Number One Hundred
Since May 29, we’ve been waiting anxiously for someone to report that another CT-100 has survived the pitfalls and landfills of the last half a century. Who takes the 100th slot in the Living CT-100 list? That’s what I’ve been waiting to learn these last seven weeks.
Well, as you can surmise, it just happened, and here’s the actual story as it unfolded early in the evening, today, Sunday July 18, 2004.
I was sitting in my 3-door Ford Focus ZX3, parked just off the Asbury Park circle (a New Jersey intersection abomination left over from the 1930’s when there was no real automotive traffic), waiting for my son to pick up a couple of Papa John’s pizzas. My cell rang. It was historian Ed Reitan in Los Angeles huddled around a couple of CT-100’s with Steve Dichter and Steve Kissinger. They were describing a CT-100 being brought to life after decades in stasis.
"There’s raster… the red is weak… what happened to the high voltage… looks like the AGC went south… hey, there’s high voltage again… aha, the red’s strong this time…."
So, for a dozen minutes, there in a little ZX3 (BTW, big enough to stuff a complete, albeit disassembled, CT-100 into), I became part of the CT-100 excitement generated by that electrified trio in California. It was a classic vintage TV thrill. But there’s more.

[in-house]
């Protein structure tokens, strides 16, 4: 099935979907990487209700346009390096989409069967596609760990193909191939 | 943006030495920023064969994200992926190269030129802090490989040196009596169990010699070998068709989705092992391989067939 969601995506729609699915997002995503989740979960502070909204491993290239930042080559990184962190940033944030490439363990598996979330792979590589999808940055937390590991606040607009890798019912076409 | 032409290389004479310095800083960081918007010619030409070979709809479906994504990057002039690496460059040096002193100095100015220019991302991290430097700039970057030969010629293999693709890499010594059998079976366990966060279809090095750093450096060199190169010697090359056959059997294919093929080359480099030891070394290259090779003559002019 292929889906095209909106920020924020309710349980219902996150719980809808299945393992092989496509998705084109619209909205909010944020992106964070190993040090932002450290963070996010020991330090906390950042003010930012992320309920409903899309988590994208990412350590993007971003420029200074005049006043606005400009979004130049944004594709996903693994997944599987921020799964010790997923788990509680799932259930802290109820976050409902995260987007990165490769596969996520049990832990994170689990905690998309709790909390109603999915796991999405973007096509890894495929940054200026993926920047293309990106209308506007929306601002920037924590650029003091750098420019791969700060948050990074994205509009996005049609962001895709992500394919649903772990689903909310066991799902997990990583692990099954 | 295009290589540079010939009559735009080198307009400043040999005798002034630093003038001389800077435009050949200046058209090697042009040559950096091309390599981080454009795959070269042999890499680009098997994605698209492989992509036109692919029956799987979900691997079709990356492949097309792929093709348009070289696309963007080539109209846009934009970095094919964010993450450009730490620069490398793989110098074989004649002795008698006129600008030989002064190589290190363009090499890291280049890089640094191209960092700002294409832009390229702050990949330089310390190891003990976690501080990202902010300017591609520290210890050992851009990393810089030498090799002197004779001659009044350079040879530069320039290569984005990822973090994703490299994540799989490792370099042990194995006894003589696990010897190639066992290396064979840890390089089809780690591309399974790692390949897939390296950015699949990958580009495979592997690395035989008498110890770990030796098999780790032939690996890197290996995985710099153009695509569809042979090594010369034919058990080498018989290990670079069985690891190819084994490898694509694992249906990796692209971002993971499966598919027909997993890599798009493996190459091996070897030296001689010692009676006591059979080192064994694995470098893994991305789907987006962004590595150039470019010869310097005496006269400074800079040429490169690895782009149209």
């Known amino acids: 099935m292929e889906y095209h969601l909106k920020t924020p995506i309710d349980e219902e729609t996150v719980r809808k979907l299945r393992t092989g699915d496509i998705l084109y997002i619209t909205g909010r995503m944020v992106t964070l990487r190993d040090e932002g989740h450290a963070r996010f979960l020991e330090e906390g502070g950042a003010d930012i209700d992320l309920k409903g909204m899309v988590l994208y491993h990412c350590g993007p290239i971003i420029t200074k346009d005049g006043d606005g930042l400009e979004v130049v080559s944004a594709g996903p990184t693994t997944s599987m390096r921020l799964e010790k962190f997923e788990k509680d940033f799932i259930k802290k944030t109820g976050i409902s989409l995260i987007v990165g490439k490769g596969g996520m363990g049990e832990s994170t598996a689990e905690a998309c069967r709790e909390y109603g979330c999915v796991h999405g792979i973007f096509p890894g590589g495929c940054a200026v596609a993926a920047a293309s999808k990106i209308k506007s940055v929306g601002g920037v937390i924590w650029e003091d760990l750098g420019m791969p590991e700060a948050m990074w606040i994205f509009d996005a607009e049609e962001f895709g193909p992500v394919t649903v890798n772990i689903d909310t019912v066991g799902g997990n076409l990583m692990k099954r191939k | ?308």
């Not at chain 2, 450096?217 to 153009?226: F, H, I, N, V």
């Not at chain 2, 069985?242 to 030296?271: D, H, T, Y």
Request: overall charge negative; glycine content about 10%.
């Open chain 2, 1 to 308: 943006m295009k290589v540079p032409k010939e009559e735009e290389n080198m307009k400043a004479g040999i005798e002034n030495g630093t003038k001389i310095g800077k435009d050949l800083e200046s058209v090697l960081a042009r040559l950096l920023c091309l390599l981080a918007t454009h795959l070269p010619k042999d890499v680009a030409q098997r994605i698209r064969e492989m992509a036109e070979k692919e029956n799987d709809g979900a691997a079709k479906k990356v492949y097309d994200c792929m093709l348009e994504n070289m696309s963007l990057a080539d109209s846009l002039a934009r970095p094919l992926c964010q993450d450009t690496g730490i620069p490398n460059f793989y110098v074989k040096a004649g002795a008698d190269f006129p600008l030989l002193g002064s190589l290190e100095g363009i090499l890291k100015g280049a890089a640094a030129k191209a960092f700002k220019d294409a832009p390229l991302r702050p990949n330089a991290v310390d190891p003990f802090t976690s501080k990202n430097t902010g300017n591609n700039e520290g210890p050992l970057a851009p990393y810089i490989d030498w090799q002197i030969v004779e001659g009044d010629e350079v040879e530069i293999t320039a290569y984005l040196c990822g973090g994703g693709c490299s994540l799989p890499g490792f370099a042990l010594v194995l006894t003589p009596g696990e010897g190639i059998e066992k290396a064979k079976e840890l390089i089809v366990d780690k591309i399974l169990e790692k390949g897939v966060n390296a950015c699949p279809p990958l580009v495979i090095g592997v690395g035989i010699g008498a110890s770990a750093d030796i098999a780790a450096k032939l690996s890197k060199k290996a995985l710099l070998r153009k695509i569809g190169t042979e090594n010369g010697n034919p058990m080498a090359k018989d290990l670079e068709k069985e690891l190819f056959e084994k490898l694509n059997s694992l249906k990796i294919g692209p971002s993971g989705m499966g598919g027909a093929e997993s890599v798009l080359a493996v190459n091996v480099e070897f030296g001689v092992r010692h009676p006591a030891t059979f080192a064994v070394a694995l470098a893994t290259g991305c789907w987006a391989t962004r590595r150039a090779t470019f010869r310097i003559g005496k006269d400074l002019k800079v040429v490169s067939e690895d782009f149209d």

The CT-100 in question is serial number B8003708. Its near-mint cabinet, insert, and lid serial numbers all a match at 713. That strongly suggests the set is in its factory-original configuration.
This Merrill is the Jack Webb CT-100. Until recently, it was not widely remembered that one early episode of “Dragnet” was filmed in color. It was the Christmas 1953 episode about a sacred object stolen from a church. The program is still around. Chuck Azzalina reports seeing the episode in reruns now and again, but only in black and white.
Jack Webb had brand-new CT-100 B8003708 in his home because that one 1953 “Dragnet” episode was actually broadcast occasionally, at least in the Los Angles area, in NTSC color.
I’m proud to report that the one-hundredth known surviving RCA CT-100 color television set has been added to the Living CT-100 list, and it is the Jack Webb set.
Current caretaker: Ed Reitan.
Current status: partial restoration.